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Kyle GautreauOctober 31, 2018
A building in New Orleans' French Quarter (iStock)

New Orleans is brimming with strangers from strange lands. If you feel at home in New Orleans, you are some variation of a misfit who found peace among the magnolias. Jason Berry is no stranger to misfits, having built up his writing career analyzing the Catholic Church and the sounds of jazz. In City of a Million Dreams: A History of New Orleans at Year 300, he captures the vinegar of life found on this sliver of land between the Mississippi River and Lake Pontchartrain. A city built by French pirates, Haitian slaves, Piedmont planters and Sicilian grocers, always under threat of choking to death on muddy water.

City of a Million Dreamsby Jason Berry

The University of North Carolina Press. 424p $35

New Orleans was founded as a French colonial afterthought. It paled in comparison to the French fleet stationed at Mobile Bay and the immense sugar operation in Saint-Domingue. The brothers Iberville and Bienville, intrepid explorers guided by the Jesuits of Quebec, founded the city in swampland to honor Philippe II, duc d’Orléans. The experiment floundered at first, and after losing Quebec to Britain in the Seven Years’ War, the French gave Louisiana to their Spanish Bourbon cousins. In a testament to its value, Spain waited a decade before dispatching a governor from Havana to New Orleans.

New Orleans is a city of dreams, maybe even millions of them.

The highlight of Berry’s early descriptions of New Orleans is the figure of Antonio de Sedella, known locally as Père Antoine. Sedella was a Capuchin friar who arrived in New Orleans in 1774 as an official of the Spanish Inquisition and was soon named rector of St. Louis Cathedral by the bishop of Havana. A wild-eyed freak of a man, Père Antoine quickly became a populist champion of French-speaking black Creoles, poor whites and the imprisoned. Personally austere and rigid, Père Antoine baptized the voodoo priestess Marie Laveau and presided over her wedding.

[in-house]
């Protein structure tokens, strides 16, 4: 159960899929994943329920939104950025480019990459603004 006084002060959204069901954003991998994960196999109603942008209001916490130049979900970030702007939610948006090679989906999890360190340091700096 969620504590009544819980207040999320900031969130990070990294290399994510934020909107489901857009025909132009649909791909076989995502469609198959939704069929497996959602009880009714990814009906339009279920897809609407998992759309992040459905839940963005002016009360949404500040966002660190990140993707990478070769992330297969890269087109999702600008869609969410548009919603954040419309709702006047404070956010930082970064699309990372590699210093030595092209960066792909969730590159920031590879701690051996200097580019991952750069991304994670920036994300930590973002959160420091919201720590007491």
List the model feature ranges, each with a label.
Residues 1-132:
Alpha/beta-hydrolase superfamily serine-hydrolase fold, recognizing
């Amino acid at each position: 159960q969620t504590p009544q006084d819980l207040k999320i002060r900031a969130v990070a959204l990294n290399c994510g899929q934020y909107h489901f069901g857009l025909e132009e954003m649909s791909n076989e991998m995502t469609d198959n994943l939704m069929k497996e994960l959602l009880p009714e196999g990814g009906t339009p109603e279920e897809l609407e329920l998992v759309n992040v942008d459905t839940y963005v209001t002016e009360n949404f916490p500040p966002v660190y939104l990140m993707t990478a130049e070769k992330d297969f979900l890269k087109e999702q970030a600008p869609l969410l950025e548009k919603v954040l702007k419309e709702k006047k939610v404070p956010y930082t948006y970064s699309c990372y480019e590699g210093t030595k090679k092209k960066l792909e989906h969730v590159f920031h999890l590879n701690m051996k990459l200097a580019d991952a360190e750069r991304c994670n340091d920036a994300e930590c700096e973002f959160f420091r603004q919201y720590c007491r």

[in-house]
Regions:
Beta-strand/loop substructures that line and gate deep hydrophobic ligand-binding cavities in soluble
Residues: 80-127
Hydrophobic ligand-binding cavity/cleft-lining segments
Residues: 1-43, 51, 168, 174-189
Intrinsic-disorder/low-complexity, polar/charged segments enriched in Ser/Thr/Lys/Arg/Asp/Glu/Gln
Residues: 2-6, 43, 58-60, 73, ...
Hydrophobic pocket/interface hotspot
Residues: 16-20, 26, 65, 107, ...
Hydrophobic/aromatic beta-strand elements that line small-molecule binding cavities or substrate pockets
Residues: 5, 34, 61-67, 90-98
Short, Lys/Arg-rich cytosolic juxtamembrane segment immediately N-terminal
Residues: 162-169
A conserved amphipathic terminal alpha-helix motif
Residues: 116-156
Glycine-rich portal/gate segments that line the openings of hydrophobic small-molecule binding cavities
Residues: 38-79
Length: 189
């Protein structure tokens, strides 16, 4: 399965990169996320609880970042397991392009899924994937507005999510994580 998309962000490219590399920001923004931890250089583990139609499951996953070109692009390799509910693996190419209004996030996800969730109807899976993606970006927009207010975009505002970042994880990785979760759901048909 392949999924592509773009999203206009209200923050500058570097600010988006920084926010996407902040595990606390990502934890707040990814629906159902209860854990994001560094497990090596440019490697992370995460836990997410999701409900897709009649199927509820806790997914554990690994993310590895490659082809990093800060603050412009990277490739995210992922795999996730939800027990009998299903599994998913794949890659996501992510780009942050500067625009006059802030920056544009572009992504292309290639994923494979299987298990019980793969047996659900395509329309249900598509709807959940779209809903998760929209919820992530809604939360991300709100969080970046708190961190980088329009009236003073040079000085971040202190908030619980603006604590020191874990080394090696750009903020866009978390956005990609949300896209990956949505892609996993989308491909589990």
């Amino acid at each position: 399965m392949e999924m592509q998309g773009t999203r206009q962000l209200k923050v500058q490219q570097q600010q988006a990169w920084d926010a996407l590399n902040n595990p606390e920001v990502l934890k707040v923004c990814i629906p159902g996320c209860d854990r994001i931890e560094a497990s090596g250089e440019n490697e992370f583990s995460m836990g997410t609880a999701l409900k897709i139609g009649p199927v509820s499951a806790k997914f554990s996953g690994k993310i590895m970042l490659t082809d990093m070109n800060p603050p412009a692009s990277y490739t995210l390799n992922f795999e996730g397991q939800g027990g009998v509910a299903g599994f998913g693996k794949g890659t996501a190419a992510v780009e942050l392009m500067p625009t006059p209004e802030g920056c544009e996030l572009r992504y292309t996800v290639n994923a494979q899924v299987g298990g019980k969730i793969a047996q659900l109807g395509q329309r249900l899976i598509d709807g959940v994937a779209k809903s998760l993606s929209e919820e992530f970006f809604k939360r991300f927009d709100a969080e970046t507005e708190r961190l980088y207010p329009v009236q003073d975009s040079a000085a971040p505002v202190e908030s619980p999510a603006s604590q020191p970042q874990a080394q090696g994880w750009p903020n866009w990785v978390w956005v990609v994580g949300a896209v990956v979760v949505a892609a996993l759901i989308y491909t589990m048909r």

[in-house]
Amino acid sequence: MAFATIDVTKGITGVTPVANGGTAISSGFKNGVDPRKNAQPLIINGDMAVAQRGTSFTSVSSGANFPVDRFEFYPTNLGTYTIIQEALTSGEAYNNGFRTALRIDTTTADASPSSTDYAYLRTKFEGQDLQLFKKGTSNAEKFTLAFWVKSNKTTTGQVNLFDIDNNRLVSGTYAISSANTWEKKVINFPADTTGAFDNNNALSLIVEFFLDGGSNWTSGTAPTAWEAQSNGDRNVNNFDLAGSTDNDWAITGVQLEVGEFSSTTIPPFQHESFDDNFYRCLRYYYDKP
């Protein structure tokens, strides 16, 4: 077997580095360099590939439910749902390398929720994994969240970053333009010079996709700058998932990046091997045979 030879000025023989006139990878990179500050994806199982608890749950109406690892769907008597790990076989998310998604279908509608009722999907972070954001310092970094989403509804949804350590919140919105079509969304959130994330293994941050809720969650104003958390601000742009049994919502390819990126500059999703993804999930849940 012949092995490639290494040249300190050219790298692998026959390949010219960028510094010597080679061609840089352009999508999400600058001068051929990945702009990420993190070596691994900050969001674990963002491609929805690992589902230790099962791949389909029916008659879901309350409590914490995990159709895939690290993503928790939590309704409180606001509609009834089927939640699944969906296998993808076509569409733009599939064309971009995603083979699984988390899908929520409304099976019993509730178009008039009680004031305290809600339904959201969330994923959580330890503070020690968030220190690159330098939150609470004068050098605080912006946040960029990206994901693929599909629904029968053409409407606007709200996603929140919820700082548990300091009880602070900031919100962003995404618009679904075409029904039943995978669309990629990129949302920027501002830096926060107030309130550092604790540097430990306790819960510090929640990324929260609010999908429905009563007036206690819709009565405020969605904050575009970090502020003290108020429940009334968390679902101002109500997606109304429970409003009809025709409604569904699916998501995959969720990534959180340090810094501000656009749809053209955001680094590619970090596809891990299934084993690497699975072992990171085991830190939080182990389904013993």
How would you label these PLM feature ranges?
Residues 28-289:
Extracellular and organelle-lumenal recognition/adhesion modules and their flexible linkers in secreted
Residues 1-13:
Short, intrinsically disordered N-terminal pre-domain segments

The sale of Louisiana to the United States did not loosen Père Antoine’s hold over the cathedral. He rejected the authority of the papal delegate to New Orleans and rallied Catholics against him, forcing Archbishop John Carroll of Baltimore to seek Vatican intervention to quiet the raucous friar. Père Antoine remained the rector of St. Louis Cathedral until his death in 1829.

The Americans were not welcome at first, but the United States brought a level of administrative management previously unseen in the colonial backwater. Virginia planter and military man William Claiborne won over white Creoles and served as the first elected governor of Louisiana. Upon his death in 1817, Claiborne was buried in St. Louis Cemetery No. 1: It was a high honor for a Protestant to be buried in a Catholic cemetery. Tennessean Andrew Jackson drove back the British in 1815, saving New Orleans from the inferno that engulfed Washington, D.C.

North Louisiana was populated by newly arrived homesteaders from Virginia, Tennessee, Alabama and even New York. From statehood onward, these Scots-Irish and English residents came to dominate the politics of Louisiana. New Orleans and her Cajun cousins in south central Louisiana would be shut out of state government. Shreveport Baptists and Pentecostals were not keen on the culinary appetites or the sloppy bookkeeping methods of their Catholic neighbors. Richard Leche, elected governor in 1936, remains the only native New Orleanian to occupy the governor’s mansion in Baton Rouge.

One learns in New Orleans to be a little more carefree because big trouble is always close.